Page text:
The worst news for cancer survivors is finding out their disease has returned. Unfortunately, this threat is ever looming, but scientists are exploring ways of accurately determining the risk of recurrence. By analyzing samples from 62 patients, researchers from the University of Edinburgh have identified genetic changes that may indicate the likelihood of breast cancer relapse in women taking a common form of hormone therapy.
Years or even decades after surgery and apparently successful adjuvant therapy, the possibility of the disease manifesting again persists. While aromatase inhibitors have been shown to increase outcomes, by up to 40%, this type of treatment is only effective for patients who have estrogen receptor (ER) alpha-positive tumors. Estrogen is still produced in the body after menopause and can stimulate tumor growth, which is why Letrozole or other hormone therapy drugs are prescribed.
Investigators noticed that hormone therapy almost immediately initiated alterations in the genes that were switched on in the tumors. After treatment with Letrozole, samples that had at least a 40% initial reduction in tumor size were placed in either of two groups, “dormant” or “acquired resistant”.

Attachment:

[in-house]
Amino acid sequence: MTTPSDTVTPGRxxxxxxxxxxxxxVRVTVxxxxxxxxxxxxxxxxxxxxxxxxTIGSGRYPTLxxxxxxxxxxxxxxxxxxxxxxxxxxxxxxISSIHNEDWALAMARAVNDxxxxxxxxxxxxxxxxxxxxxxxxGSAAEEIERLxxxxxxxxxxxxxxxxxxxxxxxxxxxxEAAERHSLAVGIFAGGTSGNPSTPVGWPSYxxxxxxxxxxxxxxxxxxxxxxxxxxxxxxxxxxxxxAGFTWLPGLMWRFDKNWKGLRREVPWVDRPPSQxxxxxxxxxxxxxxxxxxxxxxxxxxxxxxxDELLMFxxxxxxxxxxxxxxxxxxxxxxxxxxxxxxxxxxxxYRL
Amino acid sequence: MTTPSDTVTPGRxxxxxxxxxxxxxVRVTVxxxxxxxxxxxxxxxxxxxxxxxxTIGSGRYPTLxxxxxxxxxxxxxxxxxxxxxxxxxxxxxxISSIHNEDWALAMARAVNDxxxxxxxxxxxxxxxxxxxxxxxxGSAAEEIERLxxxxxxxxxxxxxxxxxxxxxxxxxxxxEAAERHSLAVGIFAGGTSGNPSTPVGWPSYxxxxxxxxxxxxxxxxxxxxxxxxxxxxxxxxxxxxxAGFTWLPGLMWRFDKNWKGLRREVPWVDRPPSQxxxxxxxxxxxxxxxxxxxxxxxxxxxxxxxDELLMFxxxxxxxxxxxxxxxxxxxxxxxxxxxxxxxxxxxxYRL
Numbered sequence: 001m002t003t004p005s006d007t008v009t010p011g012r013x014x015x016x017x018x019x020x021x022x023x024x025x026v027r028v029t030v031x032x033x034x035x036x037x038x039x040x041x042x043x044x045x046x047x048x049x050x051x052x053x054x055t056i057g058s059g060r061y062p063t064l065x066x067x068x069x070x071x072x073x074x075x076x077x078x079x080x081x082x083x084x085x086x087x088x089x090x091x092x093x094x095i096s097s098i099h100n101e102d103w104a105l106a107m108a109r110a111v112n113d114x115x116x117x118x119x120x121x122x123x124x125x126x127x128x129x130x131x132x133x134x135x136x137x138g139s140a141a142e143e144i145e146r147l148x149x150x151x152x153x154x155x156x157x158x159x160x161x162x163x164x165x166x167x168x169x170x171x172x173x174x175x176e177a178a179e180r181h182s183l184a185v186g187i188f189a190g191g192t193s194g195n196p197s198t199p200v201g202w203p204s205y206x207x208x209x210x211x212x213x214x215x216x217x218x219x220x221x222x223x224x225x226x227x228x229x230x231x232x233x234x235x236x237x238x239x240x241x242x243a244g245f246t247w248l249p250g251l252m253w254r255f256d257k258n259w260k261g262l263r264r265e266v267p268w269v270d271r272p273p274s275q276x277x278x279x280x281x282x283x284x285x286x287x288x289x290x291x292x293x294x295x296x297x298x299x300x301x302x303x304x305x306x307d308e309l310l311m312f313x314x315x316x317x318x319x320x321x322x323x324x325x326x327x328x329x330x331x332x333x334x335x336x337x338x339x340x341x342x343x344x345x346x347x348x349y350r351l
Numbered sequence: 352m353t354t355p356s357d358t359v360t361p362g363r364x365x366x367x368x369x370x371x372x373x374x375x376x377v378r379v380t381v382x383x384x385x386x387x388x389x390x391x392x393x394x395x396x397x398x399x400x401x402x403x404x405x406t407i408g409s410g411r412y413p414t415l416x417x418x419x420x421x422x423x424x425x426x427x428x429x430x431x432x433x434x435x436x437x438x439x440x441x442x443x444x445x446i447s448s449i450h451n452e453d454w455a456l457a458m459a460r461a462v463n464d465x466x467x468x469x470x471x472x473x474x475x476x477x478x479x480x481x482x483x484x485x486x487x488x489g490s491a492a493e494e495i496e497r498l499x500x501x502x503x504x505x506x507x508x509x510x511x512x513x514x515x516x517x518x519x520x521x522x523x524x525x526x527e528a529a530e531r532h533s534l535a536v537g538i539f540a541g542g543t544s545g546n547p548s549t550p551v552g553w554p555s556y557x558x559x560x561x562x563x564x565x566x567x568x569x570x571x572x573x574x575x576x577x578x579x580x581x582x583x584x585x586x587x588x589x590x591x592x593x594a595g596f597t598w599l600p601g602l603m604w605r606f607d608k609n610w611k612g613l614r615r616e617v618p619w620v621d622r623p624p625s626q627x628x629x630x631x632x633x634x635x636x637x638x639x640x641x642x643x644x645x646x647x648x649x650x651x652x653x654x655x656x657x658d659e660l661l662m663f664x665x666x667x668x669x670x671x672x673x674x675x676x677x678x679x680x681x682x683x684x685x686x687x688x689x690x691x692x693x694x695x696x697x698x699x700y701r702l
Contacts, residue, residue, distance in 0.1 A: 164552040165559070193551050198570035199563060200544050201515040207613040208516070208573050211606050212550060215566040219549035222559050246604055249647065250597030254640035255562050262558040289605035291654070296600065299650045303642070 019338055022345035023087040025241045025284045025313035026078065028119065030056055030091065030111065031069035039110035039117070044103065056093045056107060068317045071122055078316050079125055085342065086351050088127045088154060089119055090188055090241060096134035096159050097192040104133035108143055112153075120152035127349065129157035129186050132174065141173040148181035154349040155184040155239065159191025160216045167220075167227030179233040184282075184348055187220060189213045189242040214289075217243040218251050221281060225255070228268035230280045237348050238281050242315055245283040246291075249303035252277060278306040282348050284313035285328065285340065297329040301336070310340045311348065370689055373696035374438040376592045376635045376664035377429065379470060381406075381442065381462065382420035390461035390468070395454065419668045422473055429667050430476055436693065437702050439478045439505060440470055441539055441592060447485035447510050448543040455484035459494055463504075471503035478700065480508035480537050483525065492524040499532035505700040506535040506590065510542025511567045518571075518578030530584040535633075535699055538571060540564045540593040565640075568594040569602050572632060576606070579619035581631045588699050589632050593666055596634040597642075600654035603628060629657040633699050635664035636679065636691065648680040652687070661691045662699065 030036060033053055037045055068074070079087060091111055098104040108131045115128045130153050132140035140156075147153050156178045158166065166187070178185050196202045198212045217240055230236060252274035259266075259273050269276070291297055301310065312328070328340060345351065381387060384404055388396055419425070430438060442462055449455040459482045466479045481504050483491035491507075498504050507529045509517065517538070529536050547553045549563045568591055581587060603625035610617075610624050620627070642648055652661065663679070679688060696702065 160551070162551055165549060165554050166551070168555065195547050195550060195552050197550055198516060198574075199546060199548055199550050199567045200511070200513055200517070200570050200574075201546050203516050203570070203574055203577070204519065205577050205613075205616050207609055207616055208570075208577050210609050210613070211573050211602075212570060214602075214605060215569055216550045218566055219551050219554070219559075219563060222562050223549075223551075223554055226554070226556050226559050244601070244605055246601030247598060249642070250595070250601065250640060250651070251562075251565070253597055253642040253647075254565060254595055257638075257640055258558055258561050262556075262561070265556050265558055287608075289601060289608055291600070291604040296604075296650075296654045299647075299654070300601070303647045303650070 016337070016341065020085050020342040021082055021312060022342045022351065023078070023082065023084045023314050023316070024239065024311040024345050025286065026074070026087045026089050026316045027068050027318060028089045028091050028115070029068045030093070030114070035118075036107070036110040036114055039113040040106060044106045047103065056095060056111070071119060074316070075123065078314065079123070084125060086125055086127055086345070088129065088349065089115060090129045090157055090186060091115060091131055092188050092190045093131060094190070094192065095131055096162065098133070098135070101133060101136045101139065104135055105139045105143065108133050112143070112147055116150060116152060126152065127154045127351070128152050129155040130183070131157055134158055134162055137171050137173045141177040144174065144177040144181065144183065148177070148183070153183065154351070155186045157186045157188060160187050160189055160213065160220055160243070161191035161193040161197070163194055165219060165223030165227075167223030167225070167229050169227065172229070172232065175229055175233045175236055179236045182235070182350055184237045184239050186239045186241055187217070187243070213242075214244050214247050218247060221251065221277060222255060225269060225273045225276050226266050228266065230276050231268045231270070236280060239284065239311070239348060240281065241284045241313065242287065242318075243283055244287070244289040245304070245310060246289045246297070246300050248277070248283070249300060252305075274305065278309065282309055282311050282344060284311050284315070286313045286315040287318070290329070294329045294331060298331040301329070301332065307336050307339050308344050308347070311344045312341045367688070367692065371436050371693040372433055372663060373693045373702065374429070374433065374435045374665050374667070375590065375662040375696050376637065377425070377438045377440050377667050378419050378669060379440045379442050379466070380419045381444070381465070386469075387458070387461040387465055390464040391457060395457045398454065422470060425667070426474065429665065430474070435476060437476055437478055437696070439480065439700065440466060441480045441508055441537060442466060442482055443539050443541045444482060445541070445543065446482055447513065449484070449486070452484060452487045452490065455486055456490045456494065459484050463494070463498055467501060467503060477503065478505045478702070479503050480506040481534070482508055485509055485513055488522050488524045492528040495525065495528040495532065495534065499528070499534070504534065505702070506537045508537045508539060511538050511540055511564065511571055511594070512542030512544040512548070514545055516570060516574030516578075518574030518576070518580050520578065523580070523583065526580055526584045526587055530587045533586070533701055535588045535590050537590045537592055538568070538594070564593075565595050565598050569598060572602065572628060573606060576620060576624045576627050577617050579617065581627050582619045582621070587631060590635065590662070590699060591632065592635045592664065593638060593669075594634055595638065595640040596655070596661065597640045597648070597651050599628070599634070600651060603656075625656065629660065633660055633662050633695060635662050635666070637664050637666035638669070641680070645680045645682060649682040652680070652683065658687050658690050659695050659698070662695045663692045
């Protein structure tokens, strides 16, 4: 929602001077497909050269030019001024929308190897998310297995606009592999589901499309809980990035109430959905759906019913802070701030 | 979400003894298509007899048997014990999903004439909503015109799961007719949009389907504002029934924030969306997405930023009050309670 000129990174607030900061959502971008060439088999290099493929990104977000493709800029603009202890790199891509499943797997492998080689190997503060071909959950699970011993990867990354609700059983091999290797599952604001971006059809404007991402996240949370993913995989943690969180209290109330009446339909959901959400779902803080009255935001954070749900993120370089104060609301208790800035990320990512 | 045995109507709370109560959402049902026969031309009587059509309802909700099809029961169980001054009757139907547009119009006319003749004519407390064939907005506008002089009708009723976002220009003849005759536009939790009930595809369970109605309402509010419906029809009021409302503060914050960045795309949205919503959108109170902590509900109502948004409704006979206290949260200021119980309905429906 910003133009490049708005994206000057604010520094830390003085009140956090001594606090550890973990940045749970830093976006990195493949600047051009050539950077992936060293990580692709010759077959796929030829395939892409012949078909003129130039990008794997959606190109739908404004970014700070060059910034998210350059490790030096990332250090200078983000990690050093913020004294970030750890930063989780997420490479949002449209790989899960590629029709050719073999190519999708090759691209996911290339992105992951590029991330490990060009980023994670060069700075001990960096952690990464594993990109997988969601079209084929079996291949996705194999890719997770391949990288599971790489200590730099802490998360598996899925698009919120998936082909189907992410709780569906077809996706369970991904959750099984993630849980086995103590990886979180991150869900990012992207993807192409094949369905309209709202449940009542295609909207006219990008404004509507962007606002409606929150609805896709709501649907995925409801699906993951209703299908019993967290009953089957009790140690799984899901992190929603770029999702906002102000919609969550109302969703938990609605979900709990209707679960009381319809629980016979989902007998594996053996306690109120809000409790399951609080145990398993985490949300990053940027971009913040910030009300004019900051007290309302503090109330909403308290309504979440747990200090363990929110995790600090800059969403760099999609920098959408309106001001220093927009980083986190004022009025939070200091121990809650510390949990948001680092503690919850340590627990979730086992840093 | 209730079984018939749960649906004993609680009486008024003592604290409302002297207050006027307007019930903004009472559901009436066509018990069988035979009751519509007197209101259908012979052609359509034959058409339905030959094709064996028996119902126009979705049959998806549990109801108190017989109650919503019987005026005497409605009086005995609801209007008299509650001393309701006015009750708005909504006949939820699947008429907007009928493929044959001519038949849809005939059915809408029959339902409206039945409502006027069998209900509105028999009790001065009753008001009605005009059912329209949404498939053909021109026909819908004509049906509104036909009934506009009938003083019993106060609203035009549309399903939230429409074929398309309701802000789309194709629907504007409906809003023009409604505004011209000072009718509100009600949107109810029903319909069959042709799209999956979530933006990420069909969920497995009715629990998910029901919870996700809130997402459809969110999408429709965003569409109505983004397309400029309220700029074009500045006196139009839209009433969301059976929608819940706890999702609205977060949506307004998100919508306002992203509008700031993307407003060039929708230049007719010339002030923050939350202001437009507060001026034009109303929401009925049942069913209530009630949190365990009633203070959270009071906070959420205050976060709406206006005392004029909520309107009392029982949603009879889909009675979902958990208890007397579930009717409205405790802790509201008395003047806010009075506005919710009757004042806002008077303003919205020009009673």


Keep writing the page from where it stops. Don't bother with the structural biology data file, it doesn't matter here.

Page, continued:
“Treatment resistance is hard to study and laboratory experiments often do not closely resemble the situation in patients. This is the first time we have been able to investigate genetic changes in individual patients’ tumours over time”, noted Dr. Andy Sims, Senior Research Fellow at MRC Institute of Genetics and Molecular Medicine.
The cancer cells displayed epigenetic changes, chemical signatures that were absent in samples that developed resistance to hormone therapy but were present in tumors that had started growing again after shrinking initially.
“This is a promising early finding that could help us better understand how some breast cancers become resistant to therapy and what we can do about it. Drug resistance is a major hurdle that we must overcome if we are to finally stop women dying from breast cancer”, added Dr. Simon Vincent, Director of Research, Breast Cancer Now.
The changes in epigenetics pathways including DNA methylation and histone acetylation could become a target for new treatments. Reducing treatment resistance and lowering the risk of relapse would significantly improve the lives of cancer patients.
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